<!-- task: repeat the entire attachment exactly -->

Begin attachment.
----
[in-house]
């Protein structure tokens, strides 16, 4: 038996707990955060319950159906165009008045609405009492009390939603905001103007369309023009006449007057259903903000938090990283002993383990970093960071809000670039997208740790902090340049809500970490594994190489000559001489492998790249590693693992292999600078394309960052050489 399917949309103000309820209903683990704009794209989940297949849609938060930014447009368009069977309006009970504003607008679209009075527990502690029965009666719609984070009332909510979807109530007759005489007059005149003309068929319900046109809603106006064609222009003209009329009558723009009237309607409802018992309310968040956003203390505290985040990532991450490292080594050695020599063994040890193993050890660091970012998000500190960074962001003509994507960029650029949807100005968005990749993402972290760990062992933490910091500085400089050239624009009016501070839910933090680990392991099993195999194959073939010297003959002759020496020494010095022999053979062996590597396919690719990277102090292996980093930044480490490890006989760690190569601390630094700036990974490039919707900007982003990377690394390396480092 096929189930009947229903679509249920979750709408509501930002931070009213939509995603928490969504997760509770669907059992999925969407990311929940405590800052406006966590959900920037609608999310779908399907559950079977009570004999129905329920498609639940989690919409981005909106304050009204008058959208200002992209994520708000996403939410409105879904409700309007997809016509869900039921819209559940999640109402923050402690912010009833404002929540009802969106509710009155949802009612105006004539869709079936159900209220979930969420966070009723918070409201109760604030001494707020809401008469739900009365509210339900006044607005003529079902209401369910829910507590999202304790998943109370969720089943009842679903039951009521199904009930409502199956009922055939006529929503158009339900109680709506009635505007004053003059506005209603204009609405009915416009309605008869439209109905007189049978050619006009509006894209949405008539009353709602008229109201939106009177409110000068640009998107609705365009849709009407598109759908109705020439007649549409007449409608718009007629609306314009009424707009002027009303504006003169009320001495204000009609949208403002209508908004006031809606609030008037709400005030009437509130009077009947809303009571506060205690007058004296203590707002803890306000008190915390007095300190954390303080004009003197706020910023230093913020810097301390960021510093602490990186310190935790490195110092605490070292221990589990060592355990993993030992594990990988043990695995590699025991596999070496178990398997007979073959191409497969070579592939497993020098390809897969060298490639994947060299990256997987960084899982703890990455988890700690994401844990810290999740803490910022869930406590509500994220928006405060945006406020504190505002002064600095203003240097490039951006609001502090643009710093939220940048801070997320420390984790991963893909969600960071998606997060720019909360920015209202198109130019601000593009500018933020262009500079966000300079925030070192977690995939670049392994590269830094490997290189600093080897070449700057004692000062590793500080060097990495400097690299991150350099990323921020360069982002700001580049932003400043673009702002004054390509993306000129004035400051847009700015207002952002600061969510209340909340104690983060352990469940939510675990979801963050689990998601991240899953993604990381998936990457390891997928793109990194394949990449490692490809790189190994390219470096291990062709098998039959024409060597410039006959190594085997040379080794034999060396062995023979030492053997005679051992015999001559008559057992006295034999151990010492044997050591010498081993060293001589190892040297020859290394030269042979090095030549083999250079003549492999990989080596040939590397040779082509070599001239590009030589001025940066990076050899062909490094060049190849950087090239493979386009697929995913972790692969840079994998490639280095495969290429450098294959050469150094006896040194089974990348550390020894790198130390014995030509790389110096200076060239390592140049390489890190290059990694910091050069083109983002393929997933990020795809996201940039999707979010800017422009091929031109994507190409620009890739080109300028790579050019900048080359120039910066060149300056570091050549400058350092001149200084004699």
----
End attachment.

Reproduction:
[in-house]
């Protein structure tokens, strides 16, 4: 038996707990955060319950159906165009008045609405009492009390939603905001103007369309023009006449007057259903903000938090990283002993383990970093960071809000670039997208740790902090340049809500970490594994190489000559001489492998790249590693693992292999600078394309960052050489 399917949309103000309820209903683990704009794209989940297949849609938060930014447009368009069977309006009970504003607008679209009075527990502690029965009666719609984070009332909510979807109530007759005489007059005149003309068929319900046109809603106006064609222009003209009329009558723009009237309607409802018992309310968040956003203390505290985040990532991450490292080594050695020599063994040890193993050890660091970012998000500190960074962001003509994507960029650029949807100005968005990749993402972290760990062992933490910091500085400089050239624009009016501070839910933090680990392991099993195999194959073939010297003959002759020496020494010095022999053979062996590597396919690719990277102090292996980093930044480490490890006989760690190569601390630094700036990974490039919707900007982003990377690394390396480092 096929189930009947229903679509249920979750709408509501930002931070009213939509995603928490969504997760509770669907059992999925969407990311929940405590800052406006966590959900920037609608999310779908399907559950079977009570004999129905329920498609639940989690919409981005909106304050009204008058959208200002992209994520708000996403939410409105879904409700309007997809016509869900039921819209559940999640109402923050402690912010009833404002929540009802969106509710009155949802009612105006004539869709079936159900209220979930969420966070009723918070409201109760604030001494707020809401008469739900009365509210339900006044607005003529079902209401369910829910507590999202304790998943109370969720089943009842679903039951009521199904009930409502199956009922055939006529929503158009339900109680709506009635505007004053003059506005209603204009609405009915416009309605008869439209109905007189049978050619006009509006894209949405008539009353709602008229109201939106009177409110000068640009998107609705365009849709009407598109759908109705020439007649549409007449409608718009007629609306314009009424707009002027009303504006003169009320001495204000009609949208403002209508908004006031809606609030008037709400005030009437509130009077009947809303009571506060205690007058004296203590707002803890306000008190915390007095300190954390303080004009003197706020910023230093913020810097301390960021510093602490990186310190935790490195110092605490070292221990589990060592355990993993030992594990990988043990695995590699025991596999070496178990398997007979073959191409497969070579592939497993020098390809897969060298490639994947060299990256997987960084899982703890990455988890700690994401844990810290999740803490910022869930406590509500994220928006405060945006406020504190505002002064600095203003240097490039951006609001502090643009710093939220940048801070997320420390984790991963893909969600960071998606997060720019909360920015209202198109130019601000593009500018933020262009500079966000300079925030070192977690995939670049392994590269830094490997290189600093080897070449700057004692000062590793500080060097990495400097690299991150350099990323921020360069982002700001580049932003400043673009702002004054390509993306000129004035400051847009700015207002952002600061969510209340909340104690983060352990469940939510675990979801963050689990998601991240899953993604990381998936990457390891997928793109990194394949990449490692490809790189190994390219470096291990062709098998039959024409060597410039006959190594085997040379080794034999060396062995023979030492053997005679051992015999001559008559057992006295034999151990010492044997050591010498081993060293001589190892040297020859290394030269042979090095030549083999250079003549492999990989080596040939590397040779082509070599001239590009030589001025940066990076050899062909490094060049190849950087090239493979386009697929995913972790692969840079994998490639280095495969290429450098294959050469150094006896040194089974990348550390020894790198130390014995030509790389110096200076060239390592140049390489890190290059990694910091050069083109983002393929997933990020795809996201940039999707979010800017422009091929031109994507190409620009890739080109300028790579050019900048080359120039910066060149300056570091050549400058350092001149200084004699």